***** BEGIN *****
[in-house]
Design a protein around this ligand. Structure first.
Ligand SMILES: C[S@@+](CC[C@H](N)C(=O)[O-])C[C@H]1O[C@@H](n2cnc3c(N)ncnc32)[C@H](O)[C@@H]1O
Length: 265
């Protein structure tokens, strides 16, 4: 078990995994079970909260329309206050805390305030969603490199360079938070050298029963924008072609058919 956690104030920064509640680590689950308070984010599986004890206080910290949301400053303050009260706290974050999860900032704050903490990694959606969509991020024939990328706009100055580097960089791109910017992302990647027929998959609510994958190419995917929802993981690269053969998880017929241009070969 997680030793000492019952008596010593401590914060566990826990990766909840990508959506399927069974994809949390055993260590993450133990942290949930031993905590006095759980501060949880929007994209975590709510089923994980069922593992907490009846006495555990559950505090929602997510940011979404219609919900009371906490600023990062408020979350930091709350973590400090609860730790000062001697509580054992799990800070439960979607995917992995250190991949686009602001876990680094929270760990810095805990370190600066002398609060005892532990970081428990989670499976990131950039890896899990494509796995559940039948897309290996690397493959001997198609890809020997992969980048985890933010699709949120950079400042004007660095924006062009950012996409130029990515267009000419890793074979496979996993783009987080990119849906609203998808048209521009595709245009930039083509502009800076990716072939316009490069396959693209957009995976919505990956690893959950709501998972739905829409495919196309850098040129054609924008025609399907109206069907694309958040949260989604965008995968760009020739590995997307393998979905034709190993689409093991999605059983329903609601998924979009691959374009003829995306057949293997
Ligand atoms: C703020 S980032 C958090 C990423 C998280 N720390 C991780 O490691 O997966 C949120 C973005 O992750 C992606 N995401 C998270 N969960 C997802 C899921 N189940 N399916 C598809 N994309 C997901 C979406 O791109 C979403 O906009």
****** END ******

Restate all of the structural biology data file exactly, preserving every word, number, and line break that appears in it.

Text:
[in-house]
Design a protein around this ligand. Structure first.
Ligand SMILES: C[S@@+](CC[C@H](N)C(=O)[O-])C[C@H]1O[C@@H](n2cnc3c(N)ncnc32)[C@H](O)[C@@H]1O
Length: 265
């Protein structure tokens, strides 16, 4: 078990995994079970909260329309206050805390305030969603490199360079938070050298029963924008072609058919 956690104030920064509640680590689950308070984010599986004890206080910290949301400053303050009260706290974050999860900032704050903490990694959606969509991020024939990328706009100055580097960089791109910017992302990647027929998959609510994958190419995917929802993981690269053969998880017929241009070969 997680030793000492019952008596010593401590914060566990826990990766909840990508959506399927069974994809949390055993260590993450133990942290949930031993905590006095759980501060949880929007994209975590709510089923994980069922593992907490009846006495555990559950505090929602997510940011979404219609919900009371906490600023990062408020979350930091709350973590400090609860730790000062001697509580054992799990800070439960979607995917992995250190991949686009602001876990680094929270760990810095805990370190600066002398609060005892532990970081428990989670499976990131950039890896899990494509796995559940039948897309290996690397493959001997198609890809020997992969980048985890933010699709949120950079400042004007660095924006062009950012996409130029990515267009000419890793074979496979996993783009987080990119849906609203998808048209521009595709245009930039083509502009800076990716072939316009490069396959693209957009995976919505990956690893959950709501998972739905829409495919196309850098040129054609924008025609399907109206069907694309958040949260989604965008995968760009020739590995997307393998979905034709190993689409093991999605059983329903609601998924979009691959374009003829995306057949293997
Ligand atoms: C703020 S980032 C958090 C990423 C998280 N720390 C991780 O490691 O997966 C949120 C973005 O992750 C992606 N995401 C998270 N969960 C997802 C899921 N189940 N399916 C598809 N994309 C997901 C979406 O791109 C979403 O906009």